Welcome to Episode #002 of That Shakespeare Life, the podcast that takes you behind the curtain and into the life of William Shakespeare.

Shakespeare’s daily diet might have varied a great deal from what you and I eat in a typical day, but those differences didn’t stop Francine Segan from trying out the many foods we find in Shakespeare’s plays. Francine Sega is a noted food historian, writer, public speaker, and author. In addition to writing Shakespeare’s Kitchen: Renaissance Recipes for the Contemporary Cook, Francine is a James Beard-nominated author of six books including Dolci: Italy’s Sweets, Pasta Modern, and Shakespeare’s Kitchen. She is the host on New York City’s popular weekly TV series “Americans who Love Italy” and appears on many other TV programs, including Today Show and Early Show. Francine has been featured on specials for PBS, Food Network, History, Sundance and Discovery channels. Francine Segan is a frequently consulted expert and has been quoted in newspapers and magazines including the New York Times, USA Today, L.A. Times, and Chicago Tribune.

She joins us today to discuss food in the 17th century exploring what Shakespeare might have ate and drank during his life in turn of the century London nearly 500 years ago.

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Francine Segan lectures across the country, was a food judge for the Fancy Food Show, Baccardi Cocktail competition and the International Pesto Competition. Ms. Segan writes for numerous online publications and magazines including Epicurious and Saveur. She writes extensively on chocolate and authored several chapters in Rutgers University’s catalogue Bitter Sweet: The Chocolate Show and contributed the chapter “Italian Desserts” for the Oxford Encyclopedia of Sweets. She also recently wrote a twelve-page cover feature on Italian chocolate desserts for La CucinaItaliana magazine. Learn more about Francine and her work here.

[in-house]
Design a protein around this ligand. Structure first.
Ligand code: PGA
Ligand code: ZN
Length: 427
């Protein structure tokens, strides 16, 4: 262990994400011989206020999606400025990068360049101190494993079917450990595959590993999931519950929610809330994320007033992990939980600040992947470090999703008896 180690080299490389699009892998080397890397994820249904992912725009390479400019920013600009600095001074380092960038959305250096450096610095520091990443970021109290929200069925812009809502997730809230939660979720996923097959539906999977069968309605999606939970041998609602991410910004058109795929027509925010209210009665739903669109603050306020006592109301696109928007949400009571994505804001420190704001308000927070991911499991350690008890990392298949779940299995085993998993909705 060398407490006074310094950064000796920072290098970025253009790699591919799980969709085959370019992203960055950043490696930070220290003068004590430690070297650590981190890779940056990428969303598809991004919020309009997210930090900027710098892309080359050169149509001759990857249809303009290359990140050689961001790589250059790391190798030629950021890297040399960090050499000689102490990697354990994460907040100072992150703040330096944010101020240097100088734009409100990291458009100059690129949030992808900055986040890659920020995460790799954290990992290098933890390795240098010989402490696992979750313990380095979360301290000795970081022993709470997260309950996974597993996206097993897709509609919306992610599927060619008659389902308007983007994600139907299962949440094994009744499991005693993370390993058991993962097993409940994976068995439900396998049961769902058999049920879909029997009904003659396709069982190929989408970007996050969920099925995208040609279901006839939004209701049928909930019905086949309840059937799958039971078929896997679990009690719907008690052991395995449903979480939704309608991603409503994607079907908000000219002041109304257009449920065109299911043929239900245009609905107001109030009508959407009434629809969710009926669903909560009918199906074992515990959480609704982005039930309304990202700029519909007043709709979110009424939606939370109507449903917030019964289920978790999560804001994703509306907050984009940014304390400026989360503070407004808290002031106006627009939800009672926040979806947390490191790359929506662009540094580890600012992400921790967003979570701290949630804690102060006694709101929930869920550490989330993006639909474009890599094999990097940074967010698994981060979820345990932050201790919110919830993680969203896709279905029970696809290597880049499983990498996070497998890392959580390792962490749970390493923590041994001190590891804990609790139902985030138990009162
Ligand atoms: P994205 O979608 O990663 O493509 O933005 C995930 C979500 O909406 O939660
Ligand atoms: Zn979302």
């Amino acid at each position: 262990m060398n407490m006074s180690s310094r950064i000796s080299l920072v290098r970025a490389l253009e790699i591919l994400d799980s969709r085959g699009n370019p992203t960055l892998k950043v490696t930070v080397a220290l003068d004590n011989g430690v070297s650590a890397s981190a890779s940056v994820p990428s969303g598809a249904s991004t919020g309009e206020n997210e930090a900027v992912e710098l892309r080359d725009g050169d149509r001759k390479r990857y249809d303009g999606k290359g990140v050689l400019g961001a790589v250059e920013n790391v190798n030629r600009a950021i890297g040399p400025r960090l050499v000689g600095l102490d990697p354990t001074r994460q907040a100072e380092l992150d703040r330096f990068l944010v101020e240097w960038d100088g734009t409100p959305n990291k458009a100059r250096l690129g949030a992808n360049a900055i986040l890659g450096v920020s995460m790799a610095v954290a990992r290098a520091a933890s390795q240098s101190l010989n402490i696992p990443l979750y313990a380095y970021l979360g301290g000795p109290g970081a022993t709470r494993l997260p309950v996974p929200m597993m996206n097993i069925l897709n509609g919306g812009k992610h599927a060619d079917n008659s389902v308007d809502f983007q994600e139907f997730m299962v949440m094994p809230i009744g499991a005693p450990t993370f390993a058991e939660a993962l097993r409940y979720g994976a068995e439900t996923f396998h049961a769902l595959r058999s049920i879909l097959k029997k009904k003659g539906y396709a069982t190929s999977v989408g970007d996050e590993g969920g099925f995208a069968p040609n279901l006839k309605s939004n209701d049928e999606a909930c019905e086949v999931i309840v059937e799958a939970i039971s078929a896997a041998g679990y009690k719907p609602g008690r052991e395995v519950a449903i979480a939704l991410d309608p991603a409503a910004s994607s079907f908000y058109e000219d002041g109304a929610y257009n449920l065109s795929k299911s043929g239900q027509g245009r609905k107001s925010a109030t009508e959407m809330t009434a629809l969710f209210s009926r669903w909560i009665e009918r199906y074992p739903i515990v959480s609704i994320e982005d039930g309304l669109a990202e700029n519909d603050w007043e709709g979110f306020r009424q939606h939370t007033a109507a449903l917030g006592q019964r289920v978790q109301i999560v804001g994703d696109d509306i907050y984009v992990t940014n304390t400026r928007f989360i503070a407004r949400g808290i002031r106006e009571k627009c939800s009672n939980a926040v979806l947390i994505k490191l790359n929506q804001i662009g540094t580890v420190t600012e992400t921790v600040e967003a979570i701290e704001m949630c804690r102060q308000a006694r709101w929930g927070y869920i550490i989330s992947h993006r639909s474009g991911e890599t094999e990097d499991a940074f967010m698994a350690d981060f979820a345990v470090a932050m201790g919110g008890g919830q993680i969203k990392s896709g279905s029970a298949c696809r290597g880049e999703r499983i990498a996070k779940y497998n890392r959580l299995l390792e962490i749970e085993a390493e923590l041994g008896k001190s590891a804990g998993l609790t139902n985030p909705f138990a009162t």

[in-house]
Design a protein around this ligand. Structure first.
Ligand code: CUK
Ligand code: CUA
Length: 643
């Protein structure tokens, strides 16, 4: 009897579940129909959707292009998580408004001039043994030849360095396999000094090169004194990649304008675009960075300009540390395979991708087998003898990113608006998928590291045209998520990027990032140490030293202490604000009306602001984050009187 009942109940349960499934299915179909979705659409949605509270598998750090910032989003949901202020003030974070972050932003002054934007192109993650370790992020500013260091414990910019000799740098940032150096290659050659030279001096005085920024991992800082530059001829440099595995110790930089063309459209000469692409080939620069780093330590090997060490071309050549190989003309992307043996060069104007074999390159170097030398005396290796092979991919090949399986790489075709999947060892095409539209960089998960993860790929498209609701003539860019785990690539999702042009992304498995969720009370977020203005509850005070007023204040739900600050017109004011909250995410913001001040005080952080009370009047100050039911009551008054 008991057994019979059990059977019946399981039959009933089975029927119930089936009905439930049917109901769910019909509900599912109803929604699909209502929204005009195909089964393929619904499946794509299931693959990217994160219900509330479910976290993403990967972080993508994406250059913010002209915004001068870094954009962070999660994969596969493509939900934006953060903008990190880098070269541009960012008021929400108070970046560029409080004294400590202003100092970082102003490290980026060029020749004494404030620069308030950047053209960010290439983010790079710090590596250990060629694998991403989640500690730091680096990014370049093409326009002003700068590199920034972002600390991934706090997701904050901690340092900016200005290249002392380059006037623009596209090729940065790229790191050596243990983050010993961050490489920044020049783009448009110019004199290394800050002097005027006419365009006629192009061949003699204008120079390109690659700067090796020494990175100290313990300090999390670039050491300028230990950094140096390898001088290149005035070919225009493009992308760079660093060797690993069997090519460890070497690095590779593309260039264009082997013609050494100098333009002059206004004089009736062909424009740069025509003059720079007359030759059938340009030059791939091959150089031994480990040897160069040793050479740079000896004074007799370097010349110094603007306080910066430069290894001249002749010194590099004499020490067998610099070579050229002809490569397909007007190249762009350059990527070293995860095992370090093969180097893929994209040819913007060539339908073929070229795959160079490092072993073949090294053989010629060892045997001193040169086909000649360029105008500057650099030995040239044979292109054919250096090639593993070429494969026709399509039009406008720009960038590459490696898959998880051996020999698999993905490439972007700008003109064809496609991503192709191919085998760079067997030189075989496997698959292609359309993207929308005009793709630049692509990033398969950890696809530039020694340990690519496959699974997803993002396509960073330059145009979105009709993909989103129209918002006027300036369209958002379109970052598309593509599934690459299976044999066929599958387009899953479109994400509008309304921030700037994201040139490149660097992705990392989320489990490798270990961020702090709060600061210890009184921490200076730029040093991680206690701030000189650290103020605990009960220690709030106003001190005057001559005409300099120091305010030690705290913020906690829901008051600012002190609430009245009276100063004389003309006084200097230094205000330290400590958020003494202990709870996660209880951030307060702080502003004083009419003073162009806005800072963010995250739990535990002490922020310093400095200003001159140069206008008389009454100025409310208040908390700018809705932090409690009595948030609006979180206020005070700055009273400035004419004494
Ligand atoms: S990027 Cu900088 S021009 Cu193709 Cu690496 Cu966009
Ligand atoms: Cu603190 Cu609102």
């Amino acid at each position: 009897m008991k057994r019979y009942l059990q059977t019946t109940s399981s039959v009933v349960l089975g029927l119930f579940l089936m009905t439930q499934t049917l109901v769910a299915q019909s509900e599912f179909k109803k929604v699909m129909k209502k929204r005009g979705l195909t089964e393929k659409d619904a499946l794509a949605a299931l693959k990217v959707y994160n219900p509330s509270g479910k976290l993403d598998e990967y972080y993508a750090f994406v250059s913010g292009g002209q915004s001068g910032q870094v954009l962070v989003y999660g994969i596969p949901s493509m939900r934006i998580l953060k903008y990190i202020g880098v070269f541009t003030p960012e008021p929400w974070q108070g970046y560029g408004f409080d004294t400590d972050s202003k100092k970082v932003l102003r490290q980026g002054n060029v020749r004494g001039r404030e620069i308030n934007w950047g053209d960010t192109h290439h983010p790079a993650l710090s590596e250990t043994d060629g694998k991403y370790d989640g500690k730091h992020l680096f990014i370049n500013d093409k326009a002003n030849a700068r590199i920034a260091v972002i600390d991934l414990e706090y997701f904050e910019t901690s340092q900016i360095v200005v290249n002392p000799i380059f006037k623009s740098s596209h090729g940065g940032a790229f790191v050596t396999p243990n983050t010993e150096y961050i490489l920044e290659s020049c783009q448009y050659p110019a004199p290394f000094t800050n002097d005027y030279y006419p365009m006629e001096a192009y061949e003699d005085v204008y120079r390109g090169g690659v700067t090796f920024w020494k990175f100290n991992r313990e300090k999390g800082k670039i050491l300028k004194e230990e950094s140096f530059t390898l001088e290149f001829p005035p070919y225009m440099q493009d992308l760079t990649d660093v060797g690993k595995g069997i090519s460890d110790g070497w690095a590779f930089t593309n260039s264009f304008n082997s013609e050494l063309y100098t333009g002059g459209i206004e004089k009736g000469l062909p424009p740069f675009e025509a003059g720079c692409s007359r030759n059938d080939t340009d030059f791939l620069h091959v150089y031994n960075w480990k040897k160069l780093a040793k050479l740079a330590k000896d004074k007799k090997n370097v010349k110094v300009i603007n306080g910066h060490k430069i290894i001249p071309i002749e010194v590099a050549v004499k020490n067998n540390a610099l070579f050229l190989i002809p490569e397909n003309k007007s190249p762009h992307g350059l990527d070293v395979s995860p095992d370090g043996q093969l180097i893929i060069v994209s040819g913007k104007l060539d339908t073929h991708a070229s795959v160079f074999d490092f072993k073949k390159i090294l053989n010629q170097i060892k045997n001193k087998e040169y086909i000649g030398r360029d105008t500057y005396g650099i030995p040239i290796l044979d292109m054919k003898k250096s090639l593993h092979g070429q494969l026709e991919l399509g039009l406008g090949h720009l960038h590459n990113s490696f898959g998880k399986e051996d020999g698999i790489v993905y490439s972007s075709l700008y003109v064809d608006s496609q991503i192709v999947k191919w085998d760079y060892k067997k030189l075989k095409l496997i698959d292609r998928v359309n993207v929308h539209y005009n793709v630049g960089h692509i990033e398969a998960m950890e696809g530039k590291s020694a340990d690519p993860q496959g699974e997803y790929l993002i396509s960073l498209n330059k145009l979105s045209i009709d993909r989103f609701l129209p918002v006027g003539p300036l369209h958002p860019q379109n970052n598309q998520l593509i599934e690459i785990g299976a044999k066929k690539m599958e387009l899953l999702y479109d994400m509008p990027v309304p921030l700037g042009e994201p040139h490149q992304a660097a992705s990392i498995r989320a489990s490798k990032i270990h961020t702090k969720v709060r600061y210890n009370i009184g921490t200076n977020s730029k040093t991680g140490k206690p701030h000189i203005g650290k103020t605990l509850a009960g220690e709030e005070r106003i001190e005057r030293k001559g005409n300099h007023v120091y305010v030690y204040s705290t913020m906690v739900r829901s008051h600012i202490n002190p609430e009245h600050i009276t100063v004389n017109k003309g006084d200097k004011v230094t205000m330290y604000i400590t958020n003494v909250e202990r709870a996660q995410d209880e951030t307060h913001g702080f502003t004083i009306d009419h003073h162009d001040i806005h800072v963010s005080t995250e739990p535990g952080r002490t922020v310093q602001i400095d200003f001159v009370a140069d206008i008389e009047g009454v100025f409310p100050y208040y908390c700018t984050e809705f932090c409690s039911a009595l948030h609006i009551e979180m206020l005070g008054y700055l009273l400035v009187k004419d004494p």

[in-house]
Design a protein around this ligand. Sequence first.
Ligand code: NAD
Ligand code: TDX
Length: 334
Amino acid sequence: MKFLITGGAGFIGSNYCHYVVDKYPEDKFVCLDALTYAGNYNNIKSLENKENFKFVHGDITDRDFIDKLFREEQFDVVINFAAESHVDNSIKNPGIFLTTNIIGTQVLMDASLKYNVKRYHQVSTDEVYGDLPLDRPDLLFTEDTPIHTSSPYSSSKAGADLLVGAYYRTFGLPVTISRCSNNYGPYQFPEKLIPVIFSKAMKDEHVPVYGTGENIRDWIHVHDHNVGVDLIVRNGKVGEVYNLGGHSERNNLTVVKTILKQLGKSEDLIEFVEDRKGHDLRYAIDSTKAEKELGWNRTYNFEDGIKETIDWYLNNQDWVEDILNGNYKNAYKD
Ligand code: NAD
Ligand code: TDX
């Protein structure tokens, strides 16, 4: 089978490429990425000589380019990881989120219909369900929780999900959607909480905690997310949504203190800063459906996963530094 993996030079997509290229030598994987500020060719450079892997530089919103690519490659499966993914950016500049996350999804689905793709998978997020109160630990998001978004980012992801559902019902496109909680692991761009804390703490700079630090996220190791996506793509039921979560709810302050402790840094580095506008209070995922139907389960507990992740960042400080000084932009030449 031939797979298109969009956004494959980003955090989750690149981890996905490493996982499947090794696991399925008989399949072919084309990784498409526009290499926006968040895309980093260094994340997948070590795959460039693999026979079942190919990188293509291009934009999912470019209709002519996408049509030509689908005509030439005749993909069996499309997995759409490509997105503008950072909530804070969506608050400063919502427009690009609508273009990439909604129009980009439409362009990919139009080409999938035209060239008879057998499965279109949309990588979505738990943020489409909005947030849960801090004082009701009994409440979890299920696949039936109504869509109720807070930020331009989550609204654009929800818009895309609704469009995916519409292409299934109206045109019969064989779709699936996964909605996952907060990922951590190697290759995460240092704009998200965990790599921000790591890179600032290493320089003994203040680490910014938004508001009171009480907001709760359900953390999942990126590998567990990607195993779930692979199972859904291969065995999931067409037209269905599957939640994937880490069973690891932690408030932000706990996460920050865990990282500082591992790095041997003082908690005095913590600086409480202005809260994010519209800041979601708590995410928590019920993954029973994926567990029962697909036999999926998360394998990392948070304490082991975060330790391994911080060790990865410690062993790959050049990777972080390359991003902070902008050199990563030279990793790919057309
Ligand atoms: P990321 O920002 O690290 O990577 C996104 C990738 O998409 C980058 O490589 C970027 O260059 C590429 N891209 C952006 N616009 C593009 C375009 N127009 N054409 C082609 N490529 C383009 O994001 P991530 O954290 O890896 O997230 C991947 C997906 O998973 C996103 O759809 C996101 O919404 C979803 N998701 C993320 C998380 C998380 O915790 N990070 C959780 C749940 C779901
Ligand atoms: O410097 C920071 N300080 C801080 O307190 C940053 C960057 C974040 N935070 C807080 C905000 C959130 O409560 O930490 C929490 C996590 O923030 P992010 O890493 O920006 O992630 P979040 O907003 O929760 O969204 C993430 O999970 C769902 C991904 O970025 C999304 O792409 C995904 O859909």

Inside this episode, I ask Francine about:

  • The source of these recipes and how we know what people were cooking in the 16th century
  • Peacocks, plumes, and other feathered recipes found in Elizabethan England
  • Ale, Drinks, and Beverages
  • the surprising significance of spices in cooking, and the one ingredient you may want to skip when you try these at home!

Books Francine Recommends:

A Feast of Sorrow by Crystal King
Room by Emma Donahue

 

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And remember: In order to really know William Shakespeare, you have to go behind the curtain, and into That Shakespeare Life. 

What’s Inside:

  • Francine Segan has donated a recipe from her book to our patrons! You can download that inside the detailed show notes.
  • See a video of Francine cooking one of the authentic recipes from her book. 
  • Check up on Francine’s latest project with links to her and her work
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Francine’s Latest Project:

Francine is on her way back to Italy, touring some of the countryside there as research for her next book on Italian food. You can follow Francine at her website, www.francinesegan.com, to see when one of her tours or presentations will be happening in your area. If you’re interested in food, recipes, and history, you can find all of Francine’s books listed here.

Francine in Action:

Click the link below to direct-download (no subscription neccessary!) the gift from Francine Segan. It’s a sample recipe direct from her newest cookbook, Shakespeare’s Kitchen. 

Salmon in Pastry Francine Segan
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